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Wikipedia editors seem to think that if you change a word or two in a sentence, so the sentence can’t be searched within quotes, you can fool the world demanding that you don’t plagiarize from others.

As far as I can tell, the only articles on en.Wikipedia that aren’t seriously plagiarized are stubs, the very well-written articles, and a lot of tedious articles that are written in a strict form on very limited topics, roads in the UK, small tropical storms of the mid-twentieth century.

Although I’ve pointed out copied lines and texts from Wikipedia articles, this is largely ignored on en.Wikipedia; editors see their articles written about here and whine that I’m “making mountains out of molehills.” What’s a little thievery among friends, so what if I got it completely wrong, so what if I just made up a source to back up the made-up bad science? Like the problematic WikiCup contest that encourages the creation of crap to be seen by 10,000 readers on Wikipedia’s main page, copyright violations are just one more ugly part of en.Wikipedia.

The first huge copyright problem editor I ran across was en.Wikipedia editor, User:Valich. This editor was copying and pasting into geology articles on Wikipedia. I saw a notice about him at the project page, and I began reading his articles. They are huge copyright problems. Almost every word is copied. I posted something to this effect at the copyright violation page opened for him. His articles need deleted. However, instead of removing these thefts from en.Wikipedia, the decision was made to individually check 168 articles, individually, for copyright violations. Each copyright violation check takes longer than it would take to delete, research, and rewrite the material he added. He copied much of the material from famous papers in geology, and any geology student will instantly recognize the copyright violations.

Right now, two months after the final admission that this editor copied much of his material from other sources without rewriting it or putting it in quotes, the editors have still, potentially, left major copyright violations in articles that get tens of thousands of hits every month, such as Bear (viewed 92688 times in the past 30 days) and Organism (viewed 55385 times in the past 30 days).

Bad science and thievery should be removed immediately from en.Wikipedia. Nothing should justify leaving a known copyright violation in an article and allowing it to be viewed 180,000 times since the discovery of the copyright violation in September. How does this belong on en.Wikipedia? Is it “anyone can edit,” or “anyone can steal?”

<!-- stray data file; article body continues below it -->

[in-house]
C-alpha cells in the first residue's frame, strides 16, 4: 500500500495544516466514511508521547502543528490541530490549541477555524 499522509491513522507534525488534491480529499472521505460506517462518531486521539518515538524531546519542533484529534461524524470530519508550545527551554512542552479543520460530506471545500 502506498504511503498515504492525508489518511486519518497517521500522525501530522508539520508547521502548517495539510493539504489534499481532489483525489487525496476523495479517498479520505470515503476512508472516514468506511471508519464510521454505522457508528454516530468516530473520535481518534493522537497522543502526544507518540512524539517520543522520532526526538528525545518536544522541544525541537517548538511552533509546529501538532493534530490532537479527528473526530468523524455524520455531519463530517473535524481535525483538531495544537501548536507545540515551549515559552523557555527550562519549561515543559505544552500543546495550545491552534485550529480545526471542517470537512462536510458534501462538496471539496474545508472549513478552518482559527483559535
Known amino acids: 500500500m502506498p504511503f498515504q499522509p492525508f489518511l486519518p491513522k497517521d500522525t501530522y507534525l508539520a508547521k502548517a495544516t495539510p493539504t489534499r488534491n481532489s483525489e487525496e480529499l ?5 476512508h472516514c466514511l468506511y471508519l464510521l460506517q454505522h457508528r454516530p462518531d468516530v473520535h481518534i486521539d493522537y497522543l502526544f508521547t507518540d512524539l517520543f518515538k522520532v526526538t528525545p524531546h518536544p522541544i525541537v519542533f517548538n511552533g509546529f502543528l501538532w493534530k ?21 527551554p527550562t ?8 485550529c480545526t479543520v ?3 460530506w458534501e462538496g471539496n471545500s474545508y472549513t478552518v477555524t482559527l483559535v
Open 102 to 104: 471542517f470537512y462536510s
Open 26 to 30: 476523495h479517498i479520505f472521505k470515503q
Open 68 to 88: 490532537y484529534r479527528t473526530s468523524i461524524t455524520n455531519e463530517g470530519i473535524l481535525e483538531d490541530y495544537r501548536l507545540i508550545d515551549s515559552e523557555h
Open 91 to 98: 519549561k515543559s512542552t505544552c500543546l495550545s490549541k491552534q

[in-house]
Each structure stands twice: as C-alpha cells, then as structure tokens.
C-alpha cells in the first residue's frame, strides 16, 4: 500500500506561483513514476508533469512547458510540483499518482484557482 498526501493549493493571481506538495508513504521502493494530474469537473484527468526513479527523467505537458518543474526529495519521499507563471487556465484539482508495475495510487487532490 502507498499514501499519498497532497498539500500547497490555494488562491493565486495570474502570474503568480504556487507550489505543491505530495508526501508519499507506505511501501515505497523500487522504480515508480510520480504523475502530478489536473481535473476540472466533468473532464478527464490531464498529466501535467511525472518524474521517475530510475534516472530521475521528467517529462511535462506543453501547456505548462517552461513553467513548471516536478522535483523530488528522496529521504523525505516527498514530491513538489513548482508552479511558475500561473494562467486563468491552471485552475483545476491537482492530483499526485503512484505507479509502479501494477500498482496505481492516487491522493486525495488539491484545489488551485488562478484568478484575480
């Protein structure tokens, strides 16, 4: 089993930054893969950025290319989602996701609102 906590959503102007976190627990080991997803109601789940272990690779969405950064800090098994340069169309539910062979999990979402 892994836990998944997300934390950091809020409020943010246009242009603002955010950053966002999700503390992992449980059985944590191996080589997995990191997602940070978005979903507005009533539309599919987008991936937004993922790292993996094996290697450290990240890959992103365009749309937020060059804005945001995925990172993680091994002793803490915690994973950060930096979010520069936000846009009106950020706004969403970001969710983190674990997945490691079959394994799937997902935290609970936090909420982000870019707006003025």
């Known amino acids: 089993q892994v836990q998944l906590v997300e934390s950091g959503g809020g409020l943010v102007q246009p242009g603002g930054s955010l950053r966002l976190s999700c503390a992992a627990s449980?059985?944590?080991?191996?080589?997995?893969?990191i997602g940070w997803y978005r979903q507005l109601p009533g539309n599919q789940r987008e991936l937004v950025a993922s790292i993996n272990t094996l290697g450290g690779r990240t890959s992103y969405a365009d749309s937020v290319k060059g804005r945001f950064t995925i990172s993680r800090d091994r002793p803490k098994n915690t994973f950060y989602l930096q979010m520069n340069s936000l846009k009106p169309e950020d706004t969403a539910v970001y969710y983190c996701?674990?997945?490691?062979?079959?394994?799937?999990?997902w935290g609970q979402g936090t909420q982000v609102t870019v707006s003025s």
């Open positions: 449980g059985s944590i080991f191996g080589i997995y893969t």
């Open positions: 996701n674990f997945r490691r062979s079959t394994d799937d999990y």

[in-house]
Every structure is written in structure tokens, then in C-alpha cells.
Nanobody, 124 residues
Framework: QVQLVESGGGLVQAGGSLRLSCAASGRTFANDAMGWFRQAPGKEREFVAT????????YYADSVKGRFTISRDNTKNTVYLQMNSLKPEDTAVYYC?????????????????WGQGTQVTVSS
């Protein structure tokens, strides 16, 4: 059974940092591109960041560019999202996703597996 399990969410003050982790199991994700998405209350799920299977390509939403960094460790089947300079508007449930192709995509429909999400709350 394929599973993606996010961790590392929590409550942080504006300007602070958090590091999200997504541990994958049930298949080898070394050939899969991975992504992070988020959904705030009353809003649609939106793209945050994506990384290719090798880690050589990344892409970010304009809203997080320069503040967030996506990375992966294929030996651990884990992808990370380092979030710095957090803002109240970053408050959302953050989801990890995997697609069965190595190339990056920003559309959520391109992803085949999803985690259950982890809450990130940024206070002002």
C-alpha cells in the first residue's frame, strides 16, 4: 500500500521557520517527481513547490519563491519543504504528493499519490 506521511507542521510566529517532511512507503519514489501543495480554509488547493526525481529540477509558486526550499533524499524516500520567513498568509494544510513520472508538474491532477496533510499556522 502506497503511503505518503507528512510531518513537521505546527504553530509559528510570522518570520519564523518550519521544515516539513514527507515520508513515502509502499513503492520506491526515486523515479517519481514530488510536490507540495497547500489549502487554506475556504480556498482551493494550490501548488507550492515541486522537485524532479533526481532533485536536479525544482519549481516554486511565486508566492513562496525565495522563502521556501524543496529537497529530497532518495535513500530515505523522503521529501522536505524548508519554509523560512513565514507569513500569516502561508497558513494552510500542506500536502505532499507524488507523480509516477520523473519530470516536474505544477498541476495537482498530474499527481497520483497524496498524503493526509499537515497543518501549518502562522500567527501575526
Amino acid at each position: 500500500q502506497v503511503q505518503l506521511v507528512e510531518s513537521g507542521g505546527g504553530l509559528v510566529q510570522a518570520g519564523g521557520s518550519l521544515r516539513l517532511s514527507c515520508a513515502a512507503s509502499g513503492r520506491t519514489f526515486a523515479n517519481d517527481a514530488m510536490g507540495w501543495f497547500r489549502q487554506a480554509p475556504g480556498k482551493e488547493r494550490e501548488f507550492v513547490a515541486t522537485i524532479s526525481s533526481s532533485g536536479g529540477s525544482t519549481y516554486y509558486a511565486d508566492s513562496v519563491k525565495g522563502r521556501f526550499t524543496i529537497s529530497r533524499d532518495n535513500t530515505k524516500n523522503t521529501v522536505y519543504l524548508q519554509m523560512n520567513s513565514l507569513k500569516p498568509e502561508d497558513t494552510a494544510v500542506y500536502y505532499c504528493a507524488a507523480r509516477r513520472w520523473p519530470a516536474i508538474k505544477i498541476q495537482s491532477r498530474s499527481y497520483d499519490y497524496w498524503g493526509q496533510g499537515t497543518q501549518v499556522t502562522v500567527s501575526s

User:EnCASF has 39 plant articles being investigated for copyright violations. Each one is being painstakingly investigated for hours to clear the copyright violations. Please, just remove everything he added!

User:DrMicro has 580 biology articles being reviewed. From en.Wikipedia discussions, it appears that his copyright violations had been identified three years ago, then ignored. It appears that the plan is to individually go through these articles. What a waste of time! It would be faster to rewrite the articles from scratch. And, it appears that en.Wikipedia, while well-aware of copyright violations, has opted to just leave them on the encyclopedia.

Wikipedia editors spend a huge amount of time discussing everything; but, let’s consider this for a moment. What right does en.Wikipedia have to host known copyright violations on its website for over two months?

More later, but, note that my Reddit questions to Sue Gardner AMA, were ignored; User:SarahStierch read the questions, but also ignored them. Like the copyright violations, when en.Wikipedia editors and admins are alerted to a problem, and when the Wikimedia Foundation is alerted to a problem, they just ignore them. Sue seems to think clean up is someone else’s job; but, if you create a hostile editing environment that does not allow for editing, then why would you think it’s anyone else’s job to step into the morass you built? Why not create a neutral editing environment that is about content-creation rather than social networking?

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